Following several community meetings where the issue was a hot topic, the Newport Beach Harbor Commission considered how to define “live-aboard” during a meeting last week.
Commissioners voted 5-0 on June 12 to keep the definition the same, but to get clarification from the city attorney on the specific language and then ratify it at the next meeting. Commissioner Paul Blank recused himself and Commission Chair David Girling was absent.
There are a lot of ways people can spend time on their boat, including anchorages and slips, commented Commissioner John Drayton.
“I’m not hearing a lot from mooring permitees clamoring for a lot more time,” Drayton said. “I’m really struggling to see why we would expand the numbers of days here.”
Other commissioners agreed.
If it’s not broken, don’t fix it, Commissioner Don Yahn noted. It could create other, unintended consequences.
There was a bit of discussion about possibly striking the word “domicile” from the current definition.
Domicile means primary residence, Commissioner Bill Kenney commented. Someone on their boat for a week to 12 days or less each month is not a primary residence, he added.
Commissioners ultimately agreed that it needs to be reviewed by the city attorney before any change.
In February 2018, City Council requested that the Harbor Commission review and possibly revise Title 17- Harbor Code, of the Newport Beach Municipal Code. The purpose of this revision was to review the code in light of the city’s new Harbor Department and increased service levels, according to the staff report.
The Commission appointed an ad hoc subcommittee comprised of Commissioners Kenney, Yahn, and Paul Blank to take on the task. The ad hoc subcommittee requested the Commission review the definition of live-aboard.
The current definition explains that “the term “live-aboard” shall mean the use or occupancy of a vessel as a domicile for a period exceeding 72 hours in any 30-day period.”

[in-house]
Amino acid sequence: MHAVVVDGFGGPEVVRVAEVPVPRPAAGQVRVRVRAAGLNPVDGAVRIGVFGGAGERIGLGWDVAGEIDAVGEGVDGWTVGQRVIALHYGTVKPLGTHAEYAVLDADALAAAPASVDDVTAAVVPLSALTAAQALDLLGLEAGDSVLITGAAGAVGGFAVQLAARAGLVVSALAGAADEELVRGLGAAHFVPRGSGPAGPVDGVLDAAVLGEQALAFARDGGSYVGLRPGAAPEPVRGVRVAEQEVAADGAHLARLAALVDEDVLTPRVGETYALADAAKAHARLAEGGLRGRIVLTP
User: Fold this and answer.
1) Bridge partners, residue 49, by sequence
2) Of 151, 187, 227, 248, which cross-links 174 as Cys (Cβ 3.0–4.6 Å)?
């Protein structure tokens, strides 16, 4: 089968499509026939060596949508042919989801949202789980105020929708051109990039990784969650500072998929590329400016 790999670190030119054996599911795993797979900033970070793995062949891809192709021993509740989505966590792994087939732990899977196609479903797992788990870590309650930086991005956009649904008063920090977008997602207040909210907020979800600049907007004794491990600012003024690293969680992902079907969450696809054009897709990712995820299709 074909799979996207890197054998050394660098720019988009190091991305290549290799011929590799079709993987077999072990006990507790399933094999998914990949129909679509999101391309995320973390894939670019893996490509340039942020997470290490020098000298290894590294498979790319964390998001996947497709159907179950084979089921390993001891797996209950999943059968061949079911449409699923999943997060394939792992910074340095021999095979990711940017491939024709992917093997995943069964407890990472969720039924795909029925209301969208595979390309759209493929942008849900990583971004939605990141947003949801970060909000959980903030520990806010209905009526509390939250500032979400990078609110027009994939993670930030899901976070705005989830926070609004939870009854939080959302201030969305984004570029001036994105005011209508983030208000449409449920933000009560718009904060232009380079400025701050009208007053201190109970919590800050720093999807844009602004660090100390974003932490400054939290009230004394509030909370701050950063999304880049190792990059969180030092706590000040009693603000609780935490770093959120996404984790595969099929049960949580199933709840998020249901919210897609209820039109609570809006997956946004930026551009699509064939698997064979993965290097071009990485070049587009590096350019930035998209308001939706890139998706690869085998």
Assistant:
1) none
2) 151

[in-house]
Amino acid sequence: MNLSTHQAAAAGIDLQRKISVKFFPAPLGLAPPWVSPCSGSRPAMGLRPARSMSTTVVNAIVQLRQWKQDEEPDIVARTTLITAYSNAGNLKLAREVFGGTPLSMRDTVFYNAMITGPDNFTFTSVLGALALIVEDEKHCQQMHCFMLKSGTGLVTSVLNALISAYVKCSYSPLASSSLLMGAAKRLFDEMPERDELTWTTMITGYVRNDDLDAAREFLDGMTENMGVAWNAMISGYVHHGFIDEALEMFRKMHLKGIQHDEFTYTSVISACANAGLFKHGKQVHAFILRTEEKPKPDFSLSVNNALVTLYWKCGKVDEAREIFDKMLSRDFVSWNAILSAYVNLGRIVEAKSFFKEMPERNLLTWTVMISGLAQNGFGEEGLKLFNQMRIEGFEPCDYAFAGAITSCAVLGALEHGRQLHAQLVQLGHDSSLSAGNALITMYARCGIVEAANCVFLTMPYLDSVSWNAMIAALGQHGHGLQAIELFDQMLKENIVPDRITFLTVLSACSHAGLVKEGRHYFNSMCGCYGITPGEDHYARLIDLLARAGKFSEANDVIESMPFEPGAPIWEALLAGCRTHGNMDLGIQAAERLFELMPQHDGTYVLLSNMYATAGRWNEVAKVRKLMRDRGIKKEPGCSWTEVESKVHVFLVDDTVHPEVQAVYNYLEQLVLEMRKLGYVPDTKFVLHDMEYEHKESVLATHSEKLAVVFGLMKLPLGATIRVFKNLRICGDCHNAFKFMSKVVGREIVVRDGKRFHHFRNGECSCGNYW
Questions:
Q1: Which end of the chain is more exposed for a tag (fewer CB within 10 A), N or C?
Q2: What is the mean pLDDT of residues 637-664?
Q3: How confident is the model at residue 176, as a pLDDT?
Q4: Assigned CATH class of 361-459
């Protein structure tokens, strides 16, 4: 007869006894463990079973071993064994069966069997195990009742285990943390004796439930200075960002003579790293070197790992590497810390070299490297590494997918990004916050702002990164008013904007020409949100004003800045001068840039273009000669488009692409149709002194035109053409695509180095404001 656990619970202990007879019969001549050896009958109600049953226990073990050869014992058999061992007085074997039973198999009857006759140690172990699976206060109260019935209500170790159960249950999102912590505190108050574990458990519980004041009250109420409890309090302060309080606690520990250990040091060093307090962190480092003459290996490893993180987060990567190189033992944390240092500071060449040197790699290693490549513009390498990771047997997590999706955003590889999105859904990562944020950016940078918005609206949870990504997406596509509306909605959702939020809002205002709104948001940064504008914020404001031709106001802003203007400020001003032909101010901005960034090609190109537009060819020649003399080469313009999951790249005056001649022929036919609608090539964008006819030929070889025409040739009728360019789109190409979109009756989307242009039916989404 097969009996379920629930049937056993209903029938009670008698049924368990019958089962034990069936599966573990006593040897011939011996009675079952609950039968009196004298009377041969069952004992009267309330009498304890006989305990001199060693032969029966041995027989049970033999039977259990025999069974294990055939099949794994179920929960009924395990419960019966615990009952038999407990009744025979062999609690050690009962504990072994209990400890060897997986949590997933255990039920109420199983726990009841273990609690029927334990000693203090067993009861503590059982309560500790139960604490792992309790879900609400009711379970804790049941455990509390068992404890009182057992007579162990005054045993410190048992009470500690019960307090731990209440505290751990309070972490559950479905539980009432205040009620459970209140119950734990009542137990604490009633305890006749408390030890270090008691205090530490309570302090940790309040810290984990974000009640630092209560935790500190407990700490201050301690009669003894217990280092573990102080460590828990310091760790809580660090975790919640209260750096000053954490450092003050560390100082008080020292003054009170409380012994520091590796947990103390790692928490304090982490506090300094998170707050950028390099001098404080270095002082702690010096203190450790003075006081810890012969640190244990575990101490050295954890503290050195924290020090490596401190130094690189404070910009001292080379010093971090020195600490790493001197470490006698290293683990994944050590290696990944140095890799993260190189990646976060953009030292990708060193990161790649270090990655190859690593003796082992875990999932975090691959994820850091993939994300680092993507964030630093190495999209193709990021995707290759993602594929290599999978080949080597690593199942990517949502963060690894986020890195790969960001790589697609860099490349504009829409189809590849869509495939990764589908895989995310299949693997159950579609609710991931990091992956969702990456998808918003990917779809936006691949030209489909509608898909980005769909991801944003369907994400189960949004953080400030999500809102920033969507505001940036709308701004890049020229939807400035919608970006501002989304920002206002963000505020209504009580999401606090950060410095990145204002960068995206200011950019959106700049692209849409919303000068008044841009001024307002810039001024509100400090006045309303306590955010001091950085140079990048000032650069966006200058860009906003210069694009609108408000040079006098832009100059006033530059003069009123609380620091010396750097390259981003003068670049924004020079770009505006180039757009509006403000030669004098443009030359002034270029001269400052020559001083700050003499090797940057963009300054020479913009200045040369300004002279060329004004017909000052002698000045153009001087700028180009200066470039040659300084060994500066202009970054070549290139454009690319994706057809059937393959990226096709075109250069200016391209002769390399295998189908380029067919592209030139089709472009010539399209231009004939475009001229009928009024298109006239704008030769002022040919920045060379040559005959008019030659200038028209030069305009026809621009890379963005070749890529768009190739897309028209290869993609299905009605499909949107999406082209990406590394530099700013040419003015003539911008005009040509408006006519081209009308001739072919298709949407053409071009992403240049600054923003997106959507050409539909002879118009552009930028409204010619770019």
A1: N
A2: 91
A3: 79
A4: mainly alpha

The subcommittee has held several public meetings to review Title 17 and gather community input.
At the first forum on April 8, the representation of those in attendance was heavily weighted toward mooring permittees. A lively discussion during the meeting revolved around live-aboards.
Many of those in attendance thought that the three-night stay was too restrictive and some harbor users requested more days to enjoy their boats on their moorings. The crowd seemed to agree on 11 or 12 nights per month, which would basically allow permittees to spend every weekend on their boats.
During the second outreach meeting on May 6, a number of homeowners raised concerns that permittees staying on their boats at night can cause issues and diminishes the quiet enjoyment of their homes, according to the staff report.
“When the subcommittee reviewed the comments from both perspectives, it was uncomfortable in making a recommendation to the Harbor Commission due to the very strong feelings of both the homeowners and permittees and believe this issue should be heard by the full Harbor Commission so that each side may express their concerns and issues on the subject,” the staff report reads.
During public comment, Chuck South commented that some people might be expecting a huge influx of partying and people, disturbing other boaters, but that’s not the case, South noted.
There probably won’t be much of a change, South said.
If a person doesn’t cause any trouble, they could stay every weekend and nobody would take notice, he commented. The “good citizens” on the water aren’t the problem, a few others agreed.
Several public speakers noted that the current rules and regulations need to be enforced better before making any changes.
Illegal live-aboards, dumping blackwater (raw sewage) into the harbor, and noise were all mentioned as needing better enforcement.
They want too, Kenney commented. Title 17 is pretty good as is, all the regulations are there, he added, but enforcement does need to be better.
“We just need the budget and the bodies to enforce it,” Kenney said. “We agree with you, certainly, on those issues.”